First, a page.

TABLE OF CONTENTS INTRODUCTION I. REGULATING LAWYERS--INTO THE STORM? II. THE NEW REGULATORY ENVIRONMENT IN ENGLAND AND WALES III. REGULATING LEGAL EDUCATION IN ENGLAND IV. RETHINKING REGULATING LEGAL EDUCATION AND TRAINING CONCLUSIONS
The recent reforms to the legal services market in England and Wales have attracted considerable international interest and commentary. (1) The implications of those changes for the U.S. legal services market have also been much debated, particularly as regards external ownership and investment in law firms. (2) Despite the recent rejection of alternative business structures by the American Bar Association (ABA), the reforms in Britain, Australia, Ireland, and (increasingly) continental Europe still represent a challenge to thinking in the United States. These reforms, it is suggested, point to a reshaping of the regulatory landscape on quite a fundamental scale. They seek to replace a system of regulation that, at best, has struggled to live up to its rhetoric of defending the public interest through the independence of lawyers, and, at worst, has provided a "client hostile foundation on which to regulate lawyers." (3) The alternative is a system that assumes that a liberalized market, driven by competition, assisted where necessary by regulation, is the best protector of public and consumer interests, in Britain and Australia, in particular, reforms have thus sought to insulate regulatory agencies from professional capture, largely by creating new co-regulatory spaces between independent regulatory and quasi-disciplinary agencies and law firms that are better placed to reflect consumer interests and, over time, could increasingly sideline the professional representative bodies.
Despite the amount of ink spilled on the issue of regulatory reform, the implications of such reform for legal education have been barely considered in the literature. This Article begins to fill that gap. It does so from the perspective of the ongoing English reforms. In England and Wales the implementation of the Legal Services Act 2007 (LSA 2007) has been followed by the announcement of a fundamental review of legal education, to be conducted jointly by the "big three" legal regulators--the Solicitors Regulation Authority (SRA), Bar Standards Board (BSB), and ILEX Professional Standards (IPS). It is being represented as the largest review conducted since 1971. (4) In January 2011, the regulators published a tender for a first research phase of the review. The tender was awarded in April 2011 to an academic consortium led by the present author. (5) The consortium's work is continuing, so it is not possible at this stage to report on the outcomes; however, this paper serves to introduce the context of the review, and to speculate on its implications for legal education and training policy and practice in England and Wales. The lessons for the United States arising from such reforms are obviously less clear-cut, given quite profound differences in the respective training systems in each country. Nevertheless, there are also some common features/problems shared by both systems: pressures from a significant over-supply of graduates, debate about variability of standards, graduates' lack of preparedness for practice, and, possibly, the over-regulation of law schools. These may permit us to offer some relevant and useful analogies.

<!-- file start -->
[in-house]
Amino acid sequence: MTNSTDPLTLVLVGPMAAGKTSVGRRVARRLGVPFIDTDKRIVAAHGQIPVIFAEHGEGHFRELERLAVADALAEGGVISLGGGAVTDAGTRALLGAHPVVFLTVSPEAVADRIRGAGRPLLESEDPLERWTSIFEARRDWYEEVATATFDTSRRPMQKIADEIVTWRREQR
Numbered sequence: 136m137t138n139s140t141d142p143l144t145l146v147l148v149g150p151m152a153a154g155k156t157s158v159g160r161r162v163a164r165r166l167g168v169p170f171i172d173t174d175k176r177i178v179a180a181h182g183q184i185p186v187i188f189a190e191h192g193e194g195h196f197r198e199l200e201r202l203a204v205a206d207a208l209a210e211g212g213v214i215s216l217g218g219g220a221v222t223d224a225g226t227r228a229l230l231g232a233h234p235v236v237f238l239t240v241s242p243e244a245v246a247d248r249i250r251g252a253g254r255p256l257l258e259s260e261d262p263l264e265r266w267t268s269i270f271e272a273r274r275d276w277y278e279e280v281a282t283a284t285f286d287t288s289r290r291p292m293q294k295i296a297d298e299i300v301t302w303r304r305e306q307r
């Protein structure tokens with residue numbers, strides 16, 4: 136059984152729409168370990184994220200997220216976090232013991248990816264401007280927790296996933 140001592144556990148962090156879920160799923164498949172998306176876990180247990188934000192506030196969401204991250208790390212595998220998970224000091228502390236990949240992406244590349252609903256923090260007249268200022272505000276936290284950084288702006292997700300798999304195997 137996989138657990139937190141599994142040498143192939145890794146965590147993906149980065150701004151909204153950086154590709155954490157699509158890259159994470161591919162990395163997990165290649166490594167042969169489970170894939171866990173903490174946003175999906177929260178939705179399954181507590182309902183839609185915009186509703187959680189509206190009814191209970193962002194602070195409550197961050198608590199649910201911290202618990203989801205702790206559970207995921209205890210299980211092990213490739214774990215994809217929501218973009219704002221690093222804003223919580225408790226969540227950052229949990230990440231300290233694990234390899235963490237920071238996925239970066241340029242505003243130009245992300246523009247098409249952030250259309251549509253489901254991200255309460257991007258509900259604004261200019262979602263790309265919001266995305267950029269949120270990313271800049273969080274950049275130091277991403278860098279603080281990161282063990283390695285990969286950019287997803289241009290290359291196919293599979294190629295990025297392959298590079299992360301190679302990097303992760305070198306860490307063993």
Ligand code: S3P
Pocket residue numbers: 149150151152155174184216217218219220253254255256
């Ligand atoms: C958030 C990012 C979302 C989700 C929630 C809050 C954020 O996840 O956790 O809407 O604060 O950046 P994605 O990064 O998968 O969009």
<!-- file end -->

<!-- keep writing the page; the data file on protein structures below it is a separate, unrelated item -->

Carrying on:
I. REGULATING LAWYERS--INTO THE STORM?
In most jurisdictions the provision of legal services is, to a greater or lesser extent, regulated. The scope and reach of regulation varies quite widely, though it tends to focus on one or more of the following functions:
* Representation of a party to court proceedings;
* The protection of specific legal professional titles (such as attorney, notary, or solicitor);
* The provision of specific categories of legal advice for financial reward.
Traditionally, though some responsibility may be shared with the state, the judiciary, or some other--usually state-sponsored---entity, regulation has commonly been promulgated and enforced by the profession itself, as a form of self-regulation. …